May 10, 2011

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Robert C. Stempel, WPI Class of 1955, an emeritus trustee of WPI best known as a consummate automotive engineer who went on to lead the world's largest car company, died May 9, 2011, at the age of 77.

In a career spanning more than five decades, Stempel played a central role in a long list of automotive innovations, including General Motors' first modern front-wheel-drive car, the catalytic converter, the GM Sunraycer, an experimental solar-powered car, and the EV-1, GM's first all-electric vehicle. For the past two decades, he devoted his energies to helping develop innovative battery and solar technology.

A self-described "car guy," Stempel had a lifelong fascination with the automobile. Growing up in New Jersey, he worked in a garage to earn money for college. While pursuing his BS in mechanical engineering at WPI, he kept a tool box in the trunk of his car and often did repair work for fellow students. As a senior, he earned the Worcester Chapter of the American Society of Mechanical Engineers Award for a paper titled "Practical Fuel Injection for Automobiles."

After graduation, he worked briefly at General Electric and served in the U.S. Army Corps of Engineers, but his real goal was to land a job at GM. "Car makers were styling up the 1950s body shape, which was reminiscent of the glory times, and I saw that," he told WPI's alumni magazine, Transformations, in 2002. "I was deeply interested in teamwork-based engineering. It cemented things for me. I belonged in the automobile industry. I wanted to go to Detroit."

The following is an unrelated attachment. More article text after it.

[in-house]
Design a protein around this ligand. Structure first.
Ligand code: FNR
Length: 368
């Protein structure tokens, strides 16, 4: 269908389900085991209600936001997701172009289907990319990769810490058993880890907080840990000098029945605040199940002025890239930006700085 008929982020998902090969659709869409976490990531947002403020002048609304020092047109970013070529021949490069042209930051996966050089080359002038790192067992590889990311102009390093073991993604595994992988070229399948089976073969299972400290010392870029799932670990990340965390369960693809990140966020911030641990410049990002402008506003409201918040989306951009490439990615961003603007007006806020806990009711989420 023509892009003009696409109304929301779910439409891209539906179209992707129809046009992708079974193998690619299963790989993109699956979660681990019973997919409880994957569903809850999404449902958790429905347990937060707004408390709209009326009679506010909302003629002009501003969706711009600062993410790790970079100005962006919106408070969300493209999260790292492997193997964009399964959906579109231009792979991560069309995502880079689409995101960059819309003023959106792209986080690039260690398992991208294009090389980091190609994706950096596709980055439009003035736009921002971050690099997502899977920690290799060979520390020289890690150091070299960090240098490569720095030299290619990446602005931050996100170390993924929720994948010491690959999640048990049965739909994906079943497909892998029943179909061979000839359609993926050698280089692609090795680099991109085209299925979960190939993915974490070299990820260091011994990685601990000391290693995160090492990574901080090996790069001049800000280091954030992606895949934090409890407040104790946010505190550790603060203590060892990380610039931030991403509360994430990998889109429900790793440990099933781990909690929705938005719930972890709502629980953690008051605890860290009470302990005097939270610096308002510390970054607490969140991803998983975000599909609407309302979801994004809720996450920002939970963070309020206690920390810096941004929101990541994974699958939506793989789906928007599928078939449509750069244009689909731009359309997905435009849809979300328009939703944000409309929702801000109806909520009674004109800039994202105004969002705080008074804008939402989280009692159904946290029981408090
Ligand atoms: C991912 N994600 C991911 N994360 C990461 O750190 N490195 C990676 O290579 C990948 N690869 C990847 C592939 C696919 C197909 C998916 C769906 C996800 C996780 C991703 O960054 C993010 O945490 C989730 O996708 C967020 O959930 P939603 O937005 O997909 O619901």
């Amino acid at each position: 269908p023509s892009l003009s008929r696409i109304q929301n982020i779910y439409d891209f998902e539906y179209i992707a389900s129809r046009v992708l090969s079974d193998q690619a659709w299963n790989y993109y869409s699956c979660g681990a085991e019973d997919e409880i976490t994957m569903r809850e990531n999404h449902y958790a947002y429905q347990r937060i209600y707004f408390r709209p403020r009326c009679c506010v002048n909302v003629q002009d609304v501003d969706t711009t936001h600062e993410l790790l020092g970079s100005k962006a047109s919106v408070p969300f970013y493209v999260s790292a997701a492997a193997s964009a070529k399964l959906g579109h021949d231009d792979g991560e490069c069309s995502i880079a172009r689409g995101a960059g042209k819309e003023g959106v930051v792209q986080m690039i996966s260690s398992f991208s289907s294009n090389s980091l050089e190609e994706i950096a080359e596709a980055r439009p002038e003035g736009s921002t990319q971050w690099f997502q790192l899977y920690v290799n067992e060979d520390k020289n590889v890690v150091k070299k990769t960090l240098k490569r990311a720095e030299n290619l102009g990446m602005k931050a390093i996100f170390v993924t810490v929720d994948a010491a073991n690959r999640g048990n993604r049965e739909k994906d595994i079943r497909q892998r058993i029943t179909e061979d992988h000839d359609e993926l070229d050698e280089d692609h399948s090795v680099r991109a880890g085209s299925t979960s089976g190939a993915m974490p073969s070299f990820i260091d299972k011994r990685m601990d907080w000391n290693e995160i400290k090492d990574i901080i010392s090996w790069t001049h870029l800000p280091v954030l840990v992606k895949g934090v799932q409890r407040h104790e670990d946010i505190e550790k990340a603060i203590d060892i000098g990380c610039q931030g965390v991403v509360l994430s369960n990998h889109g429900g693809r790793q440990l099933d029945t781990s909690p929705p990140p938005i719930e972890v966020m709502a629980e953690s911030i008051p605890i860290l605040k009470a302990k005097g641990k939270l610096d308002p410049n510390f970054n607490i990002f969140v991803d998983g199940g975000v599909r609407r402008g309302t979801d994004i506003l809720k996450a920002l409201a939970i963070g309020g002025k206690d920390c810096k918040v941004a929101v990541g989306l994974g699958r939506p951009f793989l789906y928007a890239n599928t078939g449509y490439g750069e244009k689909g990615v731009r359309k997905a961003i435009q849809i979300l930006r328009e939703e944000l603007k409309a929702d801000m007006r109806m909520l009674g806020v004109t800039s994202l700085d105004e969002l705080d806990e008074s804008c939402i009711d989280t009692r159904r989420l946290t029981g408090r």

He succeeded in 1958, starting out as a design engineer in the Oldsmobile chassis department. He failed at his first assignment, designing part of a wheel assembly, but went on to develop the front suspension and transmission for the 1966 Toronado, GM's first post-war front-wheel-drive car. After earning an MBA at Michigan State University in 1973, Stempel was appointed assistant to GM's president and assigned to lead a team charged with developing new technology to help GM meet strict new air pollution laws.

The result was the first practical catalytic converter for production automobiles. Building on earlier work on catalytic converters and catalysts by other engineers, the GM team developed a number of key innovations, including special stainless steels and baffles, which enabled the devices to work in the harsh environment of an automotive exhaust system and to remain functional over a vehicle's lifetime. The company also worked with refiners to develop gasoline blends formulated without lead, which would foul the catalysts. Stempel also participated in the development of the positive crankcase valve (PCV), another key pollution control device.

Stempel went on to hold key positions in several GM divisions, including director of engineering for Chevrolet, vice president and general manager of Chevrolet and Pontiac, and executive vice president of the overseas and truck operations. In 1987 he was named GM's president, becoming the youngest person to hold that job in more than 30 years. The appointment was announced the day before he was to deliver the address at WPI's 119th Commencement exercises. In fact, his address marked his first public appearance as GM president, and the local and national media filed down to Higgins House for a post-ceremony news conference.